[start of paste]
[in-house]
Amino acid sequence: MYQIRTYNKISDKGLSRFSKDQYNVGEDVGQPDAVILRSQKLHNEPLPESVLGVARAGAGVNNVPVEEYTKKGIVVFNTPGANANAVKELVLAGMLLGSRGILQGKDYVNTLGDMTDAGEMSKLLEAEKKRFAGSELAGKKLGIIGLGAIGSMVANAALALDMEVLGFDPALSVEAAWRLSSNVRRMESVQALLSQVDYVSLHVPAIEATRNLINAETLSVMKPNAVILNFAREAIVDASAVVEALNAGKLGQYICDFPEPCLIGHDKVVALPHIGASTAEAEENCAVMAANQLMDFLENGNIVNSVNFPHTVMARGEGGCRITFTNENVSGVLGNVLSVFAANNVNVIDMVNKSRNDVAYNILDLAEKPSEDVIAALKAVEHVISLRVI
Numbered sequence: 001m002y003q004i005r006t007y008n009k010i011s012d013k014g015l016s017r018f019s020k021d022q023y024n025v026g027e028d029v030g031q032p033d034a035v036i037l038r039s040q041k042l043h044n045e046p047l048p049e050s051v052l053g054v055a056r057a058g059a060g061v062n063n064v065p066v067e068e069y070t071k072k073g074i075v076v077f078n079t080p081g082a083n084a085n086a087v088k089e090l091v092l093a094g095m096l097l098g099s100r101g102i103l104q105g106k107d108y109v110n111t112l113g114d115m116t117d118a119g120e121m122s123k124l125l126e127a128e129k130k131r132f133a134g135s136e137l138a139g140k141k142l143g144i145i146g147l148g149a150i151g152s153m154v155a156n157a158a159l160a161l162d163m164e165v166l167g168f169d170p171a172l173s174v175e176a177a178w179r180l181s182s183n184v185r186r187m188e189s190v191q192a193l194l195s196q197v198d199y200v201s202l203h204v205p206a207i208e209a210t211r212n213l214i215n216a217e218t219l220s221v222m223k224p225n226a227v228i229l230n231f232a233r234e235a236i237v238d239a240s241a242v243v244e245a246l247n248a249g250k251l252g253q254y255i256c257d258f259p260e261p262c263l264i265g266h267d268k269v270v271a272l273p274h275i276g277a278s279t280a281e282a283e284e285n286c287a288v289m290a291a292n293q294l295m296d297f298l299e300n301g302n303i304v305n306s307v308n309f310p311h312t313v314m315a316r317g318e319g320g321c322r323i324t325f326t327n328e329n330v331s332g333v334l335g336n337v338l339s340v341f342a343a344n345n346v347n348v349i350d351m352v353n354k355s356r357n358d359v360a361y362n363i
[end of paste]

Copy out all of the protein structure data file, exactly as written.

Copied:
[in-house]
Amino acid sequence: MYQIRTYNKISDKGLSRFSKDQYNVGEDVGQPDAVILRSQKLHNEPLPESVLGVARAGAGVNNVPVEEYTKKGIVVFNTPGANANAVKELVLAGMLLGSRGILQGKDYVNTLGDMTDAGEMSKLLEAEKKRFAGSELAGKKLGIIGLGAIGSMVANAALALDMEVLGFDPALSVEAAWRLSSNVRRMESVQALLSQVDYVSLHVPAIEATRNLINAETLSVMKPNAVILNFAREAIVDASAVVEALNAGKLGQYICDFPEPCLIGHDKVVALPHIGASTAEAEENCAVMAANQLMDFLENGNIVNSVNFPHTVMARGEGGCRITFTNENVSGVLGNVLSVFAANNVNVIDMVNKSRNDVAYNILDLAEKPSEDVIAALKAVEHVISLRVI
Numbered sequence: 001m002y003q004i005r006t007y008n009k010i011s012d013k014g015l016s017r018f019s020k021d022q023y024n025v026g027e028d029v030g031q032p033d034a035v036i037l038r039s040q041k042l043h044n045e046p047l048p049e050s051v052l053g054v055a056r057a058g059a060g061v062n063n064v065p066v067e068e069y070t071k072k073g074i075v076v077f078n079t080p081g082a083n084a085n086a087v088k089e090l091v092l093a094g095m096l097l098g099s100r101g102i103l104q105g106k107d108y109v110n111t112l113g114d115m116t117d118a119g120e121m122s123k124l125l126e127a128e129k130k131r132f133a134g135s136e137l138a139g140k141k142l143g144i145i146g147l148g149a150i151g152s153m154v155a156n157a158a159l160a161l162d163m164e165v166l167g168f169d170p171a172l173s174v175e176a177a178w179r180l181s182s183n184v185r186r187m188e189s190v191q192a193l194l195s196q197v198d199y200v201s202l203h204v205p206a207i208e209a210t211r212n213l214i215n216a217e218t219l220s221v222m223k224p225n226a227v228i229l230n231f232a233r234e235a236i237v238d239a240s241a242v243v244e245a246l247n248a249g250k251l252g253q254y255i256c257d258f259p260e261p262c263l264i265g266h267d268k269v270v271a272l273p274h275i276g277a278s279t280a281e282a283e284e285n286c287a288v289m290a291a292n293q294l295m296d297f298l299e300n301g302n303i304v305n306s307v308n309f310p311h312t313v314m315a316r317g318e319g320g321c322r323i324t325f326t327n328e329n330v331s332g333v334l335g336n337v338l339s340v341f342a343a344n345n346v347n348v349i350d351m352v353n354k355s356r357n358d359v360a361y362n363i